Perhaps Nicholas Kristof (whom I do admire) hasn’t been keeping up with his John Dewey.
In today’s New York Times, he writes:
When we go online, each of us is our own editor, our own gatekeeper. We select the kind of news and opinions that we care most about.
Nicholas Negroponte of M.I.T. has called this emerging news product The Daily Me. And if that’s the trend, God save us from ourselves.
He worries about this because “we generally don’t truly want good information — but rather information that confirms our prejudices” and implies that the situation is new to the Web–conveniently forgetting that New York City, a century ago, had more than a dozen major newspapers (not to mention all of the smaller ones, the newsletters, the magazines, the flyers) and that readers were feeling exactly the same then, and acting exactly the same.
Before the explosion of news possibilities on the Internet, it is true, the choices among sources of news and opinion were dwindling, the remaining ones falling under a “collective wisdom” that excluded most opinions. The “gatekeepers” also served as shepherds, keeping media sheep in their pastures and charging the rest of us to view them there.
Yet it does remain true that most of us (and I include myself as much as Kristof does himself) stick primarily to sources we fee we can trust–that is, sources that share our prejudices.
The thing to do, however, is not to blame this on new-media possibilities. The problem doesn’t arise there, but from a population that has not challenged itself to learn and to communicate (which means being more than the object of someone else’s desire to communicate).
And that brings us back to Dewey, who writes
Society not only continues to exist by transmission, by communication, but it may fairly be said to exist in transmission, in communication. There is more than a verbal tie between the words common, community, and communication. Men live in a community in virtue of the things which they have in common; and communication is the way in which they come to possess things in common. What they must have in common in order to form a community or society are aims, beliefs, aspirations, knowledge–a common understanding — like-mindedness as the sociologists say. Such things cannot be passed physically from one to another, like bricks; they cannot be shared as persons would share a pie by dividing it into physical pieces. The communication which insures participation in a common understanding is one which secures similar emotional and intellectual dispositions — like ways of responding to expectations and requirements.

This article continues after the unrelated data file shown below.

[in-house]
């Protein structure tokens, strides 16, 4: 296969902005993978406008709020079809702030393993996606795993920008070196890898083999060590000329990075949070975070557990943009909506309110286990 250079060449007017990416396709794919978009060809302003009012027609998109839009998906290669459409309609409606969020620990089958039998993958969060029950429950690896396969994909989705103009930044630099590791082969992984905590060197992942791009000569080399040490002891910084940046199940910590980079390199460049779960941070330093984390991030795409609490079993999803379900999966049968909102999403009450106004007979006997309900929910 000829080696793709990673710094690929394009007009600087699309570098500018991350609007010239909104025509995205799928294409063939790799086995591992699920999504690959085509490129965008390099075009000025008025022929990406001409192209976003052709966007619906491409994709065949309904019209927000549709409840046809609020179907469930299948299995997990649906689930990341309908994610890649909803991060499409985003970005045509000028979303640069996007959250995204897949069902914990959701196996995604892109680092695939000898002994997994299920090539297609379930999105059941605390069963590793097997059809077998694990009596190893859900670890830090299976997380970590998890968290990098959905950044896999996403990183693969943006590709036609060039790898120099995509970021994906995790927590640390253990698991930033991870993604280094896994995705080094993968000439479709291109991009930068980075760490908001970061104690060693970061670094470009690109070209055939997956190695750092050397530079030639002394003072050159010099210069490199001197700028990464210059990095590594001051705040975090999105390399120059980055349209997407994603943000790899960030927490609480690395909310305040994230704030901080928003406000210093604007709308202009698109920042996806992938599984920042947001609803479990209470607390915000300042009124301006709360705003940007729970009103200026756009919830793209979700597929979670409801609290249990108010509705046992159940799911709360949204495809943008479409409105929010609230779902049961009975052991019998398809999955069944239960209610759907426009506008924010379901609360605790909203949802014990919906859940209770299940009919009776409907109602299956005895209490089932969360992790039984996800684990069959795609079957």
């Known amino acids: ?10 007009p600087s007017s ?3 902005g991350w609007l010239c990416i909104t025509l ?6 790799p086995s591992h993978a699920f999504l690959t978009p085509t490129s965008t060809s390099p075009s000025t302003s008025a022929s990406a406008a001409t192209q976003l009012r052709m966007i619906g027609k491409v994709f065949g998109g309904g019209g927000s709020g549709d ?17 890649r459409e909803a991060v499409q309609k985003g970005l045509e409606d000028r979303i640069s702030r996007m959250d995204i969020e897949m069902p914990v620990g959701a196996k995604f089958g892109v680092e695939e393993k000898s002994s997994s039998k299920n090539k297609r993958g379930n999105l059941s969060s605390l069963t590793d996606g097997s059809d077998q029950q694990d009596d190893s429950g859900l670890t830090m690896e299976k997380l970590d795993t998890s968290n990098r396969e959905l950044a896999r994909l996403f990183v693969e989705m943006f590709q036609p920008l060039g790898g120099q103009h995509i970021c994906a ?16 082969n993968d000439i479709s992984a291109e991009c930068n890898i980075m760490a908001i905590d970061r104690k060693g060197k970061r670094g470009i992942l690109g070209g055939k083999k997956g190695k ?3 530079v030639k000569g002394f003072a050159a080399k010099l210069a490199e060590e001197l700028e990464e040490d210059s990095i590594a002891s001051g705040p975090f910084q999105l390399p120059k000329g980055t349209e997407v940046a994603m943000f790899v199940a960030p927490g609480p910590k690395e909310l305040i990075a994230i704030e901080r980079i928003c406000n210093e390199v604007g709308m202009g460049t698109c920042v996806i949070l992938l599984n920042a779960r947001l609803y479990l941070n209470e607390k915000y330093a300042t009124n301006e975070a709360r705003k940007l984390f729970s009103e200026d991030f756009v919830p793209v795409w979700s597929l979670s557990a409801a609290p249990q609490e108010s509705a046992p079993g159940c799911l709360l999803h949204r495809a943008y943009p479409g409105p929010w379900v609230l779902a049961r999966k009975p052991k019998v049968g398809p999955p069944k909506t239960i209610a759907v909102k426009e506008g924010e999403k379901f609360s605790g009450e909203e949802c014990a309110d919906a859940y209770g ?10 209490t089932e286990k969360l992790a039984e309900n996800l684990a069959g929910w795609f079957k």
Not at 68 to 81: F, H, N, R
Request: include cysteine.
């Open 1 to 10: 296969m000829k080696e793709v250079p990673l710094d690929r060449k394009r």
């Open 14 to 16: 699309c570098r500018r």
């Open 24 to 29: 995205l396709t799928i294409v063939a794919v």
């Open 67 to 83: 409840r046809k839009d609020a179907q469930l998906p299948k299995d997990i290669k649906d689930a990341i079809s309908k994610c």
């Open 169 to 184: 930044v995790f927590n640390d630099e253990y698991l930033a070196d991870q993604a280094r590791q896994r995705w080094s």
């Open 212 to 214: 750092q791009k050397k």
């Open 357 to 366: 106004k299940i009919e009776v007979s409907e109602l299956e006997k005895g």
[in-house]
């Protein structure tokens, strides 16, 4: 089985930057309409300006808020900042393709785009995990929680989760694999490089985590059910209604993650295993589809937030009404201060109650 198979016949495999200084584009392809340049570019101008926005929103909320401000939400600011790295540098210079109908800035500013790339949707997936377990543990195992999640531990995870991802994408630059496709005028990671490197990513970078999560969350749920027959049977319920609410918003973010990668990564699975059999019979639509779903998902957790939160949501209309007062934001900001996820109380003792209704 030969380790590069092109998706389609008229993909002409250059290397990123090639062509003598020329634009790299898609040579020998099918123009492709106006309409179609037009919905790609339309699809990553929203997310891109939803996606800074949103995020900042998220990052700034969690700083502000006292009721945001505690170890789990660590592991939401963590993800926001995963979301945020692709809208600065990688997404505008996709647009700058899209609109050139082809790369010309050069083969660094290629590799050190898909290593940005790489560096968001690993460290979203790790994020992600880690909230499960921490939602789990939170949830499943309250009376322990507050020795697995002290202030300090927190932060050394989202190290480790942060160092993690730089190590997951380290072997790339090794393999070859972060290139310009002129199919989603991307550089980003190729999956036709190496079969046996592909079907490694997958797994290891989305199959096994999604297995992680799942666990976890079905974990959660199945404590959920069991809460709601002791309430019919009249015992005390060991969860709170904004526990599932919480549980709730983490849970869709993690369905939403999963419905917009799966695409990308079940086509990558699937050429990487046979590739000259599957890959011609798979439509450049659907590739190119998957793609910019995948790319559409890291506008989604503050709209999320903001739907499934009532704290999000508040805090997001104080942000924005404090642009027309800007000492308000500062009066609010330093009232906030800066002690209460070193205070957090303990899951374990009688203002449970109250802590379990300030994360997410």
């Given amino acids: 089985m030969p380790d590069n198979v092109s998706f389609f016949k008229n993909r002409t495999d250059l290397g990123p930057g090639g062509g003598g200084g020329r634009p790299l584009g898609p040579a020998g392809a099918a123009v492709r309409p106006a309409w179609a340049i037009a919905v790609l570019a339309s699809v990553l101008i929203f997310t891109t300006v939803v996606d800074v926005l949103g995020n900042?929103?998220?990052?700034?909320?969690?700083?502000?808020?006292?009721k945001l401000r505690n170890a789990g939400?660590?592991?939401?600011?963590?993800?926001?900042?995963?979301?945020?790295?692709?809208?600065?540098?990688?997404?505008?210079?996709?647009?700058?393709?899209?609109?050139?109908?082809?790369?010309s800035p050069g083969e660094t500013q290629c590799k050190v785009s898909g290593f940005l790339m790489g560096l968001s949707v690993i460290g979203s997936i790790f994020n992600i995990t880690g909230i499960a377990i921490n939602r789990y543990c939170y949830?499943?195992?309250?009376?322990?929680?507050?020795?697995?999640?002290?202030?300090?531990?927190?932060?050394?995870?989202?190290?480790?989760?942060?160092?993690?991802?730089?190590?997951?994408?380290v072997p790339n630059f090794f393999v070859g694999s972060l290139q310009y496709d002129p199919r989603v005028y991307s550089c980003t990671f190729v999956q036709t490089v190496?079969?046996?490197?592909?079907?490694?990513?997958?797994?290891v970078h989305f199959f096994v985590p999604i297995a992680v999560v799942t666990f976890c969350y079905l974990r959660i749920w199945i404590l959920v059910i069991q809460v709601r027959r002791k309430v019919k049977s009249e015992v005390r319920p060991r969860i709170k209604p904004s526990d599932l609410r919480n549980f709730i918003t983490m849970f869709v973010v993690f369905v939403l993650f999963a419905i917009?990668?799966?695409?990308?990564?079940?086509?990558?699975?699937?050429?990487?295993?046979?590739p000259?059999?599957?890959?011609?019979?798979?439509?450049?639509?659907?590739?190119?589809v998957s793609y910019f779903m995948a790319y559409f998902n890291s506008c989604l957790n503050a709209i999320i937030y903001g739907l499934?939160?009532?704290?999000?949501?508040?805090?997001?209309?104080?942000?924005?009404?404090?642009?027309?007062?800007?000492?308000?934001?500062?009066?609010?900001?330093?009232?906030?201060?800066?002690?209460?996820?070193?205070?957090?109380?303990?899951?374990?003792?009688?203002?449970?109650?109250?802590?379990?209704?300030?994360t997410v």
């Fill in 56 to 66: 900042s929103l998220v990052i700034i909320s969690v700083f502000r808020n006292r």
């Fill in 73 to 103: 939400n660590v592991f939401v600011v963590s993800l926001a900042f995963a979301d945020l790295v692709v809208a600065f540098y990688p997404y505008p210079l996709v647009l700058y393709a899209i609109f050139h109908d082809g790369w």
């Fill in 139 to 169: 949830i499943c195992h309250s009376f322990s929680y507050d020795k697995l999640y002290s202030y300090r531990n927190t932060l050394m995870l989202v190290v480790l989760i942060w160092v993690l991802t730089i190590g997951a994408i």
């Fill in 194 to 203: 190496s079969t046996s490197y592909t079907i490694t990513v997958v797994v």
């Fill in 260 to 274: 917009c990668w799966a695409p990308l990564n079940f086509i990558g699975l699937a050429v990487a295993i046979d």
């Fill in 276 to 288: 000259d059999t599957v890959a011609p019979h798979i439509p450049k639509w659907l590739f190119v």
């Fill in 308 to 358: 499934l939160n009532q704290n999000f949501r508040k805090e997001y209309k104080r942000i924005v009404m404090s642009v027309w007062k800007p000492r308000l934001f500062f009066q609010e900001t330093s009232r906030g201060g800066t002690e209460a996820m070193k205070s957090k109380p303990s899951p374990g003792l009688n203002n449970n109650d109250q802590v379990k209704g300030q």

There is actually a point to going to where the like-minded are, as long as the like-minded aren’t walling others out or blocking the windows to the outside. There’s a point to exploring and understanding one’s own beliefs instead of pretending to be a tabula rasa waiting to be written on. The end result of Kristof’s contention that we go read the editorial page of the Wall Street Journal if we don’t want to be served only by The Daily Me is confusion and cacaphony. It would mean that I should continually read David Horowitz, the anti-Darwinists, the writings from Focus on the Family, Red State, and any and everything else I have already determined are based on faulty logic and poor thinking.
Sure, there’s a point to looking at the opposition, and in learning from it. And, sometimes, even in being convinced by it. But what Kristof is advocating is a return to the news-media of objectivity, something that never did exist (except in its proponents’ minds) and never will.